• Cullen Roche

    Yes, deficit spending is money printing technically. It’s been going on for the entire existence of the USA and it will continue as long as the USA has a growing economy.

  • Dennis

    By my addition, QE2 is not a bad thing, it’s a godsend. The Fed, taking off the market lot’s of bonds and paying the present holders with cash created from thin air, makes our “deficit spending” something our kids do not have to obsess about. So what if the Chinese have quit buying US debt. Those new debts are, in effect, cancelled. The “National Debt” needs to be recalculated. It’s not $14 trillion, but much less.

    Deficit spending allowed this to happen, not the Fed per se. Further, the dilution of the world’s US dollars is not a problem at the present time since so much money went up in smoke in 2008. We are not over-flowing the pool of world wide US dollars and world wide reserves since so much money left the building in 2008. (US dollars are over 60% of the world’s money.) You keep saying that the current QE2 is fighting deflation, and is not inflationary at this time. I think most of us agree. If the deficit spending continues when our economy improves, THEN we are in trouble. I think it’s true that historically, the “Powers That Be”, can’t stop when things get better. They think that they caused the “better” so “please don’t stop”. That’s when we have inflation!

  • jj

    so where should one put money now? Maybe I. Oil stocks? Assuming a continued declining dollar, while oil demand starts to pick back up? Gold scares me, but maybe it can still go higher

  • beowulf

    The government can pay bond interest directly or it can pay interest on reserves (Fed’s annual earnings refund reduced by amount of IOR payments). Without letting FFR rate drop to zero, there’s no way around that choice. Since IOR rates are set at 0.25% and Treasuries longer than a year all have rates higher than that (though 3 month T-bill are at 0.09% today), its better for the Fed to buy up all long bonds and Tsy to just eat IOR cost.

    Better yet, Tsy can stop selling long bonds and just continually roll over T-bills. Since 0.09% < 0.25%, its literally cheaper to borrow money than to just print it. At the same time, I'd permanently cap rates (WWII T-bill cap of 0.375% would do fine, its higher than 3 month, 6, or 1 year rates today). If nothing else, it would cut by more than 90% the CBO's projected $5 trillion in debt service this decade. That's one way to cut the budget deficit without raising taxes or cutting discretionary spending (debt service is an automatic mandatory appropriation).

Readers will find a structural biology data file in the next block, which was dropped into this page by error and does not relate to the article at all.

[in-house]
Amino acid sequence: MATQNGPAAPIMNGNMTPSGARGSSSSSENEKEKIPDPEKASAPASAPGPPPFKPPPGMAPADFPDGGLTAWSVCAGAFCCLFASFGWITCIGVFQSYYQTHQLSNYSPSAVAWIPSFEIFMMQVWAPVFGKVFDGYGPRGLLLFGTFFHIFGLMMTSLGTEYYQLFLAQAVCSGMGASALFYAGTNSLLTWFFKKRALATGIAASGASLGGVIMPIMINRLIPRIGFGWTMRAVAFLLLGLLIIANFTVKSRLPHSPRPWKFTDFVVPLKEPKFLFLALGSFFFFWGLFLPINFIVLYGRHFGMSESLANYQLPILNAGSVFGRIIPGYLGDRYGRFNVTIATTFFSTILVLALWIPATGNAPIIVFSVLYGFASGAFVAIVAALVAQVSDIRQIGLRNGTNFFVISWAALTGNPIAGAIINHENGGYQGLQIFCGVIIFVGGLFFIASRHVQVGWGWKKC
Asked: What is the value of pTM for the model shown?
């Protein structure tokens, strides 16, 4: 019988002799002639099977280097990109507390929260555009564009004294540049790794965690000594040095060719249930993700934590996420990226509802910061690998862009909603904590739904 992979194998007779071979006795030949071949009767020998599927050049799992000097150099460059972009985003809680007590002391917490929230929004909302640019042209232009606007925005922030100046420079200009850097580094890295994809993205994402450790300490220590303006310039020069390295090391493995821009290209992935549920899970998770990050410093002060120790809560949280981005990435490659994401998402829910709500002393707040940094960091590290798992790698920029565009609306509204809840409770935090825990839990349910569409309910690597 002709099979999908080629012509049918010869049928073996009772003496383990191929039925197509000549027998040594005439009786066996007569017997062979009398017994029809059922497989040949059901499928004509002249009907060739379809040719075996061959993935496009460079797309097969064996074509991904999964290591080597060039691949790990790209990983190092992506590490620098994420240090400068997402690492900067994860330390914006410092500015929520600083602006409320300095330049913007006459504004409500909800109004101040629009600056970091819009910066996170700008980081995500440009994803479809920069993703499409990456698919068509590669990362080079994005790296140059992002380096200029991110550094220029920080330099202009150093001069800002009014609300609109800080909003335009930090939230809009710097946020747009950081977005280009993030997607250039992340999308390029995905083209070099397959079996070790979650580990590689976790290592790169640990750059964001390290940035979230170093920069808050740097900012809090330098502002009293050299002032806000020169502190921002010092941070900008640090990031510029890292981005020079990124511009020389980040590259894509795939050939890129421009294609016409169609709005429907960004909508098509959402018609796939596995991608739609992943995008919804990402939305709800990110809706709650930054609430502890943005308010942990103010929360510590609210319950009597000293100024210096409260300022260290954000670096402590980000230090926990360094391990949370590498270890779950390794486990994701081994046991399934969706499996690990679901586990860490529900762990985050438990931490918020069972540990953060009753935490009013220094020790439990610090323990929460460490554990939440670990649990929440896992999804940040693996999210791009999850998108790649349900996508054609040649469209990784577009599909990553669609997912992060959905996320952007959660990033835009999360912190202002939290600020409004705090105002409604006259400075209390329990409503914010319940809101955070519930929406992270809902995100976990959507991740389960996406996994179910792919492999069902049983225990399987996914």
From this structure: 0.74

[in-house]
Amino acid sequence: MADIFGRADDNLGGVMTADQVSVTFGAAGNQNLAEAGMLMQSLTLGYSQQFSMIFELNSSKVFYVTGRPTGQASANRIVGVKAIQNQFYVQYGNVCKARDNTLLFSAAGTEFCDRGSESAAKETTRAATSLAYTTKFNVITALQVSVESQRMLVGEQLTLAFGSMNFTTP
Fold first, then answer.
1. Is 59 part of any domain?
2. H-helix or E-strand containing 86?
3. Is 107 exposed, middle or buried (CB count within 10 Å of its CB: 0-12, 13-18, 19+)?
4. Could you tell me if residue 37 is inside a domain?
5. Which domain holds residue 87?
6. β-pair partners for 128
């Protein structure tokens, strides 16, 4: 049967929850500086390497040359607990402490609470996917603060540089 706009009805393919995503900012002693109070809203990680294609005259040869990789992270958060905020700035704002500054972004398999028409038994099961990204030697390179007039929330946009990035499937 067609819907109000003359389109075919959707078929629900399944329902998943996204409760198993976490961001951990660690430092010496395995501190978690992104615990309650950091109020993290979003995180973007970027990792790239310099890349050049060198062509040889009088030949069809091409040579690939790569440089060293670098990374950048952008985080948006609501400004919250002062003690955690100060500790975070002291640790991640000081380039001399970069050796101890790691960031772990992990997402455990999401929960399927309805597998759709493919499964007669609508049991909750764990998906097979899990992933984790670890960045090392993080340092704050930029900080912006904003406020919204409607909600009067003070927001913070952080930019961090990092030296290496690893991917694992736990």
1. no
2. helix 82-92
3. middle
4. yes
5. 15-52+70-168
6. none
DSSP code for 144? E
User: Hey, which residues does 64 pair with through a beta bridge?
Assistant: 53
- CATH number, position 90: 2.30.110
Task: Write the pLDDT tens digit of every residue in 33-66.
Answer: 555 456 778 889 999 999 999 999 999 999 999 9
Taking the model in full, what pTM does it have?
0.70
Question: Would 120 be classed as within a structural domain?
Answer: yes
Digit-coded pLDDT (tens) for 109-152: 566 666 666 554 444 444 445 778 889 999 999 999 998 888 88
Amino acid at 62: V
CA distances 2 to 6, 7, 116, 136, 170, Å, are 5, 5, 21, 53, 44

• Bc

    Per Steve Keen aggregate demand equals GDP plus the change in aggregate (public plus private) debt. Two years ago demand collapsed because private debt stopped increasing i.e. The change in debt was negative going from some positive amount toward zero. Per Keynes Bernanke told congress to stimulate with deficits which produced a positive change in demand per Keen’s equation (also Minsky’s). This worked in 2010 but only by kicking the economy with a “credit impulse”. This is not sustainable however because aggregate debt cannot and will not increase without limit. Treasury would have to directly inject about fourtytwo trillion dollars as deficit spending to provide the net savings needed to allow deleveraging of our enormous debt burden. In this context our current deficits are a joke. To be effective, this cash spending by govt would have to constitute purchase of goods and services made by debtors. This will be viewed by asset owners as a disaster since the price/value of labor will go up while capital will flood the system debasing the value (not the price) of fixed assets compared to labor. For this reason change will be resisted but the forces are ineluctable and so much larger deficits are in store.

  • JNH

    Despite seemingly obvious reasons for QE2, the real purpose to is to intentionally keep interest rates low. Why. Adjustable Rate Mortgage resets in 2011 are in the millions. It would be financial armageddon if ARMs would readjusted upwards of 7 to 8% in this economy and the fragile state of countless banks. Prior to the meltdown, banks were “licking their chops” waiting for this day; imagine getting 8%+ on millions of mortgages for 30 years etc. “sugar plums were dancing in the heads”. I believe this was the reason for the insanity with CMO and subprime etal, it would have been the mother of all “gravy trains,cash cows and golden geese”.

  • JNH

    How do you see this ending?

    Great site, lots of intelligence here. Thanks.

  • JNH

    It just seems like we are on the precipice of a great financial calamity.